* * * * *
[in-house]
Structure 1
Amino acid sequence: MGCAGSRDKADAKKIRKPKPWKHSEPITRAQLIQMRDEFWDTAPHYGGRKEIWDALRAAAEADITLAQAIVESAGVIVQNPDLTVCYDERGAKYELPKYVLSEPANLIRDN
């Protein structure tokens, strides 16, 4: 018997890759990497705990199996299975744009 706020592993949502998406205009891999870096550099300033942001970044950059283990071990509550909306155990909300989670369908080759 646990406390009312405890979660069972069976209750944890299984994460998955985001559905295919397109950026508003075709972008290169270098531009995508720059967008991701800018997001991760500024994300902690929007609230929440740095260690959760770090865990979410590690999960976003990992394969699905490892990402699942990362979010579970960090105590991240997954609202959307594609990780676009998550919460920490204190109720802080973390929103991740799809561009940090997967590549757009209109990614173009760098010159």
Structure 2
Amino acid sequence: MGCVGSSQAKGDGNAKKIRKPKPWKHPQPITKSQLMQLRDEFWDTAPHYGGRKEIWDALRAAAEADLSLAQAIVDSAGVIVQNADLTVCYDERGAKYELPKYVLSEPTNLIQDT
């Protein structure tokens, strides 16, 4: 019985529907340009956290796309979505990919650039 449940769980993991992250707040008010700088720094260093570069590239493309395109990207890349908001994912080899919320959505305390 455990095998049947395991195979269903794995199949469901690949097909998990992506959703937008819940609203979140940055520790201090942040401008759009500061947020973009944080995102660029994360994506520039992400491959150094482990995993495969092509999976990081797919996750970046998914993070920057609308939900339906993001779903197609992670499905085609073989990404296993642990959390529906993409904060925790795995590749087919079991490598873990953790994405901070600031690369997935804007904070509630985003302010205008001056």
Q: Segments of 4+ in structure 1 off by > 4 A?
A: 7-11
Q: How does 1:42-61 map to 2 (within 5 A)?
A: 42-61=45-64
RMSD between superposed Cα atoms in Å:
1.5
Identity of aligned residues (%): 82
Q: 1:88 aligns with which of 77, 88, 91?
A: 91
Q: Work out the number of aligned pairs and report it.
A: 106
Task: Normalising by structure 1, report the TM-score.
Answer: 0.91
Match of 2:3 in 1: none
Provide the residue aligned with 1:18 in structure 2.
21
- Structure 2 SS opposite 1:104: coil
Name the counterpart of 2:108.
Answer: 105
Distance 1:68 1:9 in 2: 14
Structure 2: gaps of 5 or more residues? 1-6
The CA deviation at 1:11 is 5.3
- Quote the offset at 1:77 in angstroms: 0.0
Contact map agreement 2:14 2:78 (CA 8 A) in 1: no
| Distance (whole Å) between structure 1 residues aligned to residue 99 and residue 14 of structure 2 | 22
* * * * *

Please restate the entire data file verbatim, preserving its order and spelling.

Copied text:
[in-house]
Structure 1
Amino acid sequence: MGCAGSRDKADAKKIRKPKPWKHSEPITRAQLIQMRDEFWDTAPHYGGRKEIWDALRAAAEADITLAQAIVESAGVIVQNPDLTVCYDERGAKYELPKYVLSEPANLIRDN
């Protein structure tokens, strides 16, 4: 018997890759990497705990199996299975744009 706020592993949502998406205009891999870096550099300033942001970044950059283990071990509550909306155990909300989670369908080759 646990406390009312405890979660069972069976209750944890299984994460998955985001559905295919397109950026508003075709972008290169270098531009995508720059967008991701800018997001991760500024994300902690929007609230929440740095260690959760770090865990979410590690999960976003990992394969699905490892990402699942990362979010579970960090105590991240997954609202959307594609990780676009998550919460920490204190109720802080973390929103991740799809561009940090997967590549757009209109990614173009760098010159």
Structure 2
Amino acid sequence: MGCVGSSQAKGDGNAKKIRKPKPWKHPQPITKSQLMQLRDEFWDTAPHYGGRKEIWDALRAAAEADLSLAQAIVDSAGVIVQNADLTVCYDERGAKYELPKYVLSEPTNLIQDT
């Protein structure tokens, strides 16, 4: 019985529907340009956290796309979505990919650039 449940769980993991992250707040008010700088720094260093570069590239493309395109990207890349908001994912080899919320959505305390 455990095998049947395991195979269903794995199949469901690949097909998990992506959703937008819940609203979140940055520790201090942040401008759009500061947020973009944080995102660029994360994506520039992400491959150094482990995993495969092509999976990081797919996750970046998914993070920057609308939900339906993001779903197609992670499905085609073989990404296993642990959390529906993409904060925790795995590749087919079991490598873990953790994405901070600031690369997935804007904070509630985003302010205008001056």
Q: Segments of 4+ in structure 1 off by > 4 A?
A: 7-11
Q: How does 1:42-61 map to 2 (within 5 A)?
A: 42-61=45-64
RMSD between superposed Cα atoms in Å:
1.5
Identity of aligned residues (%): 82
Q: 1:88 aligns with which of 77, 88, 91?
A: 91
Q: Work out the number of aligned pairs and report it.
A: 106
Task: Normalising by structure 1, report the TM-score.
Answer: 0.91
Match of 2:3 in 1: none
Provide the residue aligned with 1:18 in structure 2.
21
- Structure 2 SS opposite 1:104: coil
Name the counterpart of 2:108.
Answer: 105
Distance 1:68 1:9 in 2: 14
Structure 2: gaps of 5 or more residues? 1-6
The CA deviation at 1:11 is 5.3
- Quote the offset at 1:77 in angstroms: 0.0
Contact map agreement 2:14 2:78 (CA 8 A) in 1: no
| Distance (whole Å) between structure 1 residues aligned to residue 99 and residue 14 of structure 2 | 22